Essay: Waiting for Gravity at LIGO
Gravitational waves are energetic ripples of space traveling from massive objects in the cosmos. To measure one, do these things:
- Get $365 million from the National Science Foundation.
- Find some very flat land, like in Louisiana.
- Chop two 4 km long roads in an L shape through a swampy, snake-infested forest.
- Accounting for the Earth’s curvature, pave the roads to within a few millimeters of absolutely straight.
- Top each road with a 4 km long, 1.2 m wide steel tube.
- Fit the tubes with precision instruments that have taken six years to design and construct.
- Wait for a gravitational wave to hit. Could be in moments. Could be in decades. Adjust instruments in the meantime.
- When the wave finally hits, the instruments will detect the space of the steel tube expanding or contracting a distance of one-hundred-millionth the diameter of a hydrogen atom. Just ignore any pesky sources of competing vibrations, like the logging across the street.
Common sense looks at this experiment and says: weird. And really, really hard. But the team at LIGO, the Laser Interferometer Gravitational-wave Observatory in Livingston, Louisiana, has so far managed to complete steps 1 through 7. While no gravitational waves have yet been found, the LIGO researchers are optimistic they’ll eventually get one reading every few days. The team even has their own upbeat Cajun slogan: “Laissez les bonnes ondes rouler!” (“Let the good waves roll!”)
Einstein predicted gravitational waves using General Relativity in 1916. These waves are emitted by any object undergoing rapid acceleration, but only gargantuan masses, like colliding black holes or exploding stars, produce waves LIGO can detect. As they travel, these ripples literally warp space; they shrink it in one direction and stretch it in another. The farther they roam, the fainter they get. By the time they reach Earth, their already tiny warp is barely measurable.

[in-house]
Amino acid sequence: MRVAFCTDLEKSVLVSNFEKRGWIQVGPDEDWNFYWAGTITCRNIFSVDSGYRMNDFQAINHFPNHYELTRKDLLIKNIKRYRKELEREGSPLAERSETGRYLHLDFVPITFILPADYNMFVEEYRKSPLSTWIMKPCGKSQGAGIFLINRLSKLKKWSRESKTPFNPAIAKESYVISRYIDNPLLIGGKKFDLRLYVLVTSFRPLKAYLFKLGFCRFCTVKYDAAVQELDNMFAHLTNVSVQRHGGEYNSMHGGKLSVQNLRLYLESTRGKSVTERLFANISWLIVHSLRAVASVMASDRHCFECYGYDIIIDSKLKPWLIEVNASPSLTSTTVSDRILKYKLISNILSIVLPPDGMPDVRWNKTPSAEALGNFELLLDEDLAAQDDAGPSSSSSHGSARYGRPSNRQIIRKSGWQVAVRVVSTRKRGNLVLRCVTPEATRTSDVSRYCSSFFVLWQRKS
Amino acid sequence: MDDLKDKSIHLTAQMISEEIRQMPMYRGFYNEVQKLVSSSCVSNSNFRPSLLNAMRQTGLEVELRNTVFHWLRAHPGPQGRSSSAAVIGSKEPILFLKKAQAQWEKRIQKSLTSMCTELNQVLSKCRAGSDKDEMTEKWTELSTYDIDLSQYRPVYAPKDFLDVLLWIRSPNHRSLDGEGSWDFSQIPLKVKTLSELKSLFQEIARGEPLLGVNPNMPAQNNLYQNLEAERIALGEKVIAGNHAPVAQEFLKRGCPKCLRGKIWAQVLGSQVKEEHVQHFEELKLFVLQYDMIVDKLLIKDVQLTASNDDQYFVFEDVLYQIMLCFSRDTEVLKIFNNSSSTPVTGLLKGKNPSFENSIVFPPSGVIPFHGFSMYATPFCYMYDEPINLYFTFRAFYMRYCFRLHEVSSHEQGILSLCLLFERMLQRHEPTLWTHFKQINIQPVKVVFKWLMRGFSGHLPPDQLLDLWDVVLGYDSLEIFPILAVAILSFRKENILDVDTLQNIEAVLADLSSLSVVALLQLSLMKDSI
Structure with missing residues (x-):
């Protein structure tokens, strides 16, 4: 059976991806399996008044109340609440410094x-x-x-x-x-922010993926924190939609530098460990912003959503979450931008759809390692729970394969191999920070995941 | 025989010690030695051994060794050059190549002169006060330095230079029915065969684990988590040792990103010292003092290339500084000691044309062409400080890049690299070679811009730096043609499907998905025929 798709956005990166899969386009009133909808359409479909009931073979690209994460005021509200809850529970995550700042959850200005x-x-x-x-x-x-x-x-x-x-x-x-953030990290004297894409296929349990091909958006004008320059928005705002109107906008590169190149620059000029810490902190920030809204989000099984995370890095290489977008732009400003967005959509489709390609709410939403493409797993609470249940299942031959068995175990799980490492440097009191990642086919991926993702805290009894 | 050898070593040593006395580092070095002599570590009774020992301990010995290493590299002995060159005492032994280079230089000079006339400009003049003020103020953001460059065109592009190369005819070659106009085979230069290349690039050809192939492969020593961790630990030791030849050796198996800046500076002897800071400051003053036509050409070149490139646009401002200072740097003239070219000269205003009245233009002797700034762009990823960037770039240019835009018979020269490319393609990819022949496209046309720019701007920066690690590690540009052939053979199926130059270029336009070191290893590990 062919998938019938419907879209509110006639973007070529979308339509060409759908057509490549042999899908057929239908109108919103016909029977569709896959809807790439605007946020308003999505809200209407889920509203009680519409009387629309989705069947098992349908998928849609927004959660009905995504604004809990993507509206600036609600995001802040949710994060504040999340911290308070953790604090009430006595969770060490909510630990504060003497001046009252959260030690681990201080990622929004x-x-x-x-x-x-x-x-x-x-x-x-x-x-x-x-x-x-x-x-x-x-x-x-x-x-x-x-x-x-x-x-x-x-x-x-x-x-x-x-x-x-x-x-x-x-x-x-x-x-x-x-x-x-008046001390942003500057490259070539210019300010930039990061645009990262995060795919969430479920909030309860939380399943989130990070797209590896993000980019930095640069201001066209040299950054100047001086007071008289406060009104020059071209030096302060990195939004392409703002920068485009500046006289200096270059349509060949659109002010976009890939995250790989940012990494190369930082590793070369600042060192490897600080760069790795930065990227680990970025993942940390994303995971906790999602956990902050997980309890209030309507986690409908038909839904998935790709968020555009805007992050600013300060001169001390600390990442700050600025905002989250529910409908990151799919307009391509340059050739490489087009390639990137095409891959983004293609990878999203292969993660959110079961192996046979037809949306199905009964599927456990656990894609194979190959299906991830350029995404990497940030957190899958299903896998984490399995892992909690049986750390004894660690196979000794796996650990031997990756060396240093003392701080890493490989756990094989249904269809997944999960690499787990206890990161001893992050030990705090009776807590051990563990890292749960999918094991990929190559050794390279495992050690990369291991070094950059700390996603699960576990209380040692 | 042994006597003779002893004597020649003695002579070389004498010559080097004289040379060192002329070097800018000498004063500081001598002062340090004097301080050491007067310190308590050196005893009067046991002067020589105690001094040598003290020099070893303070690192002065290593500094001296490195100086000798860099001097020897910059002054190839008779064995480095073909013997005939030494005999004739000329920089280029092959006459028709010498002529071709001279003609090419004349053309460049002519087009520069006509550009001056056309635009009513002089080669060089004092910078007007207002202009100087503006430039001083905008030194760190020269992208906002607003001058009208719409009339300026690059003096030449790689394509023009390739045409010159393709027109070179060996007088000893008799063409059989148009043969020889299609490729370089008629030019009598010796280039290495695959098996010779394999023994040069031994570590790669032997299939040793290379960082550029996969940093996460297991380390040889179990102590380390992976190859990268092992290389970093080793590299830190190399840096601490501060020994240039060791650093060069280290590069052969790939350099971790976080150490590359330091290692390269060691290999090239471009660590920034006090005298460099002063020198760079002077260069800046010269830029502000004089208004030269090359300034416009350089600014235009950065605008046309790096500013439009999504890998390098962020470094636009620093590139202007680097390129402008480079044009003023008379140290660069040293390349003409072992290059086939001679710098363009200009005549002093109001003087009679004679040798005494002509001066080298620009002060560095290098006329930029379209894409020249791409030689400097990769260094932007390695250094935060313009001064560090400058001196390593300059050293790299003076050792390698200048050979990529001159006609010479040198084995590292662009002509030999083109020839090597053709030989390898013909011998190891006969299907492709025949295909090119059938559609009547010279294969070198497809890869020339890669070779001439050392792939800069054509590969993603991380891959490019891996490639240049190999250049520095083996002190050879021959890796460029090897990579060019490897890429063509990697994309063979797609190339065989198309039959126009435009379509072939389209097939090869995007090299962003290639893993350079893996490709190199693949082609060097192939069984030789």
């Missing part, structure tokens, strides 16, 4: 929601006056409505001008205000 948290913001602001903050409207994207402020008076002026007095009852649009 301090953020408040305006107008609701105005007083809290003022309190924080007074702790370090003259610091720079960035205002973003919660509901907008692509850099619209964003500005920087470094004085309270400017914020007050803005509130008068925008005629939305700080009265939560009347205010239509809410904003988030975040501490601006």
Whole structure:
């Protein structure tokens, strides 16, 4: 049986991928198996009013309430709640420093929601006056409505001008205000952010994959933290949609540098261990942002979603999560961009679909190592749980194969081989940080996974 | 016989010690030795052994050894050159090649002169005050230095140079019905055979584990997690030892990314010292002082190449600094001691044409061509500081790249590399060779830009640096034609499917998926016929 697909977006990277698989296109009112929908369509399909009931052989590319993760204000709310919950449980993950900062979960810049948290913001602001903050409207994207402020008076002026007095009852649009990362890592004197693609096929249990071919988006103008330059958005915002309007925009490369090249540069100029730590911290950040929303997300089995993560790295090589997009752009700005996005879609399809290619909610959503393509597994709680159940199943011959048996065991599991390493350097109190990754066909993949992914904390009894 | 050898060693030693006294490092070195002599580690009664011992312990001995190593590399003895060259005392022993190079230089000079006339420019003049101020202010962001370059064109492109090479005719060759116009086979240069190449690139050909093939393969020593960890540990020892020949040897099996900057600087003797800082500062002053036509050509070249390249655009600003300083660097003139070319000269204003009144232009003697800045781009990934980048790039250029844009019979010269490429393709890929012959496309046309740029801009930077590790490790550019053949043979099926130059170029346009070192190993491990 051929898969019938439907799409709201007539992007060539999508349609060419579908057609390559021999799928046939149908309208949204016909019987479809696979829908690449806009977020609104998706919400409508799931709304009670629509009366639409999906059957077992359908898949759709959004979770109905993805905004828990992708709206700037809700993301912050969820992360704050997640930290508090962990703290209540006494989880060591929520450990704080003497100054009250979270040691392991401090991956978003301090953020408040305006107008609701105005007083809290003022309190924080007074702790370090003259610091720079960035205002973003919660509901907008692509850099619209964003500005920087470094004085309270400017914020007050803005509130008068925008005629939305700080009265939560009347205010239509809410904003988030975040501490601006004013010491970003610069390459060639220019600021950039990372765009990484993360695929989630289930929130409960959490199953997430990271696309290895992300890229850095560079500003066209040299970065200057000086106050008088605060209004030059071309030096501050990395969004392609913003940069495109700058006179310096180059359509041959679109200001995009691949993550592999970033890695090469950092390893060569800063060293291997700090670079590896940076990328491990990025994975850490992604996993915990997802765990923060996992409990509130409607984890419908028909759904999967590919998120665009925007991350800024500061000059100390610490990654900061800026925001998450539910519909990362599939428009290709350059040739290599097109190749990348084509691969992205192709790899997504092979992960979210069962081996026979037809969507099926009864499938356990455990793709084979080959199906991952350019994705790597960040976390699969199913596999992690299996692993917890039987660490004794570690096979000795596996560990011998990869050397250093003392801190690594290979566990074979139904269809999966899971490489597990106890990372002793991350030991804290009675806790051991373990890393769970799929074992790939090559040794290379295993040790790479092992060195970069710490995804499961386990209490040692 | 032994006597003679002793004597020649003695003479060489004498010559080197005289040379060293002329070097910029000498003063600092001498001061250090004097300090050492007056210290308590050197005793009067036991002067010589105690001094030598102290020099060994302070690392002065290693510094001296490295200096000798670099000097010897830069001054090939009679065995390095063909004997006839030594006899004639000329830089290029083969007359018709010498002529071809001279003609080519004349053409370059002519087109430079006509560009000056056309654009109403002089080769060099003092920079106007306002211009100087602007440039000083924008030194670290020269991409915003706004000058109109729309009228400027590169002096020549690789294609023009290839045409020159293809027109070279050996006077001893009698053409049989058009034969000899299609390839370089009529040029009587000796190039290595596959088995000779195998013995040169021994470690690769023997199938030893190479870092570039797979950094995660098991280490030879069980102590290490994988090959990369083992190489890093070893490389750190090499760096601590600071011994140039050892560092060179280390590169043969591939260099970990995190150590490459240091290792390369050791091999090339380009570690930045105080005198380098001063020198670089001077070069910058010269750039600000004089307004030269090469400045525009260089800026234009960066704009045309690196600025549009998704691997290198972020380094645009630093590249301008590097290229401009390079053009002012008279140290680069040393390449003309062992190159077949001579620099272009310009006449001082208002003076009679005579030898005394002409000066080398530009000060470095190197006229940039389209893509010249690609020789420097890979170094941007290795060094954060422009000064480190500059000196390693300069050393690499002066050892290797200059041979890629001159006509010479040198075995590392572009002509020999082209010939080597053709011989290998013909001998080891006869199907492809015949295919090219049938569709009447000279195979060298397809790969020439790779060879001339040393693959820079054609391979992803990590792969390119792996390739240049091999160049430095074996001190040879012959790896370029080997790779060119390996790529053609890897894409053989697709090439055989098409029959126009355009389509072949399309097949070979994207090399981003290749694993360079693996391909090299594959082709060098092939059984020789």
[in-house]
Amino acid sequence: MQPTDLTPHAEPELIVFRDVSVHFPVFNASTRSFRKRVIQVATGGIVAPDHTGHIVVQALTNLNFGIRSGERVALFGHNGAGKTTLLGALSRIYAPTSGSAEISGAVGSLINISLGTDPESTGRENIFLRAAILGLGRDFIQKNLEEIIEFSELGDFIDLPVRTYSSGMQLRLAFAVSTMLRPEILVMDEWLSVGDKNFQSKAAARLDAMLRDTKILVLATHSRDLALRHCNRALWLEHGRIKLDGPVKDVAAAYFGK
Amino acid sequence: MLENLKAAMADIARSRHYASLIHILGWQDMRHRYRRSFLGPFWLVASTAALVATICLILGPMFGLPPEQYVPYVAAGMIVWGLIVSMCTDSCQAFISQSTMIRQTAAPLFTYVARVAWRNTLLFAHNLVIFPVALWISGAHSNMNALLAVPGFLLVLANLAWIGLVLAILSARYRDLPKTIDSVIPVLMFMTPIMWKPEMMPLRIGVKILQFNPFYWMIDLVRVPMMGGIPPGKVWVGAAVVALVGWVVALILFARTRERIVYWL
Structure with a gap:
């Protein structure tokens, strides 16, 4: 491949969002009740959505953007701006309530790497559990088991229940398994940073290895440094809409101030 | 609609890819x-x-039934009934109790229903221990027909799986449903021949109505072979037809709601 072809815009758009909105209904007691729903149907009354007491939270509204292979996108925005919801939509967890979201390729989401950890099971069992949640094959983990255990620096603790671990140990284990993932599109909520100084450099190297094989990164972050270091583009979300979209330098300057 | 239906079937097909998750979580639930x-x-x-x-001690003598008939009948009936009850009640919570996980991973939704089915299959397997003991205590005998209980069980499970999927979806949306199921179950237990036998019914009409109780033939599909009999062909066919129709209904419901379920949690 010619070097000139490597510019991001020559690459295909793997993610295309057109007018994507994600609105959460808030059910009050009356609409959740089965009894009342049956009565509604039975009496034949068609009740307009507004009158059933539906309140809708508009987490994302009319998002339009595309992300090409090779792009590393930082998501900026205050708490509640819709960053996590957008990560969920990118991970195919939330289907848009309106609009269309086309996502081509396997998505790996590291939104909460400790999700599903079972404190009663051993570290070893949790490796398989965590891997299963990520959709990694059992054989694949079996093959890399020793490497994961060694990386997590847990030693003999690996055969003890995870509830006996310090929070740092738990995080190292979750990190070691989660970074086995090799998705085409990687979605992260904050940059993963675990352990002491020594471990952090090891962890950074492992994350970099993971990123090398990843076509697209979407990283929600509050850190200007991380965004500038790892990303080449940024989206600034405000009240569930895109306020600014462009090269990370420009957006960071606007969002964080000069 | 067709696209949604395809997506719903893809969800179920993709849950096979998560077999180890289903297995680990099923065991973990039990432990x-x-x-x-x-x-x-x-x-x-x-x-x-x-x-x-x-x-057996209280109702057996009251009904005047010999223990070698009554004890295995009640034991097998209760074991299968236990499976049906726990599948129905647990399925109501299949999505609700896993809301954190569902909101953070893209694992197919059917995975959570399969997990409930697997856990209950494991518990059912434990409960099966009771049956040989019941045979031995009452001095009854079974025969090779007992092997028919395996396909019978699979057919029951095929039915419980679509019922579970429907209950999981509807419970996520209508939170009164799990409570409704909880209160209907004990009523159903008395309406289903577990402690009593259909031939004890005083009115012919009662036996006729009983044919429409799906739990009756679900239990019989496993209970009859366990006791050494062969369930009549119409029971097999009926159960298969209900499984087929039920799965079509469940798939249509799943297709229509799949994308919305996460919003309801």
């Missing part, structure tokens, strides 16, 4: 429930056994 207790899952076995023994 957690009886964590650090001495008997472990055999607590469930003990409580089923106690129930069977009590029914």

If LIGO regularly registers gravitational waves, it will more than vindicate Einstein. Analyzing gravitational information may allow astronomers to answer pressing questions about the cosmos’s biggest mysteries, among them black holes, dark matter, and the Big Bang. It may also reveal space objects entirely unknown to science.
Light and LIGO
“The concept of what we’re looking for is so important,” insists Rainer Weiss. “The fact that the effect is tiny is just our misfortune.” Weiss is a professor emeritus of physics at the Massachusetts Institute of Technology. MIT, along with the California Institute of Technology, launched the LIGO project in 1979 with funds from the National Science Foundation. The seemingly tireless Weiss is ostensibly LIGO’s granddaddy, having been a (not the, he insists) person who first conceived the “half-baked idea” of measuring infinitesimal warps of space using light beams traveling over long distances. This is precisely what an interferometer like LIGO does.
LIGO’s main attraction is its two 4 km long arms, labeled X and Y. Like the axes of a graph, the X arm is perpendicular to the Y arm. This orientation corresponds to the two directions in which a gravitational wave affects space. As a wave travels toward Earth (perpendicular to the arms, long the third dimension of a Z axis), it will shrink space along the X axis. For LIGO this means the space that is the X arm (and all the matter in it) will shorten a fraction. The space of the Y arm will, at the same moment, stretch in response to a gravitational wave. Then vice versa, again and again, many times per second.
Imagine LIGO were Manhattan, suggests Weiss: “Squeeze Manhattan from uptown to downtown, and expand it east to west. Bang-boom!” In a flash, a gravitational wave extends the distance from the East River to the Hudson. Traveling from river to river would take more time. It’s not that the landmarks themselves are moving. It’s that the distance between the landmarks is expanding.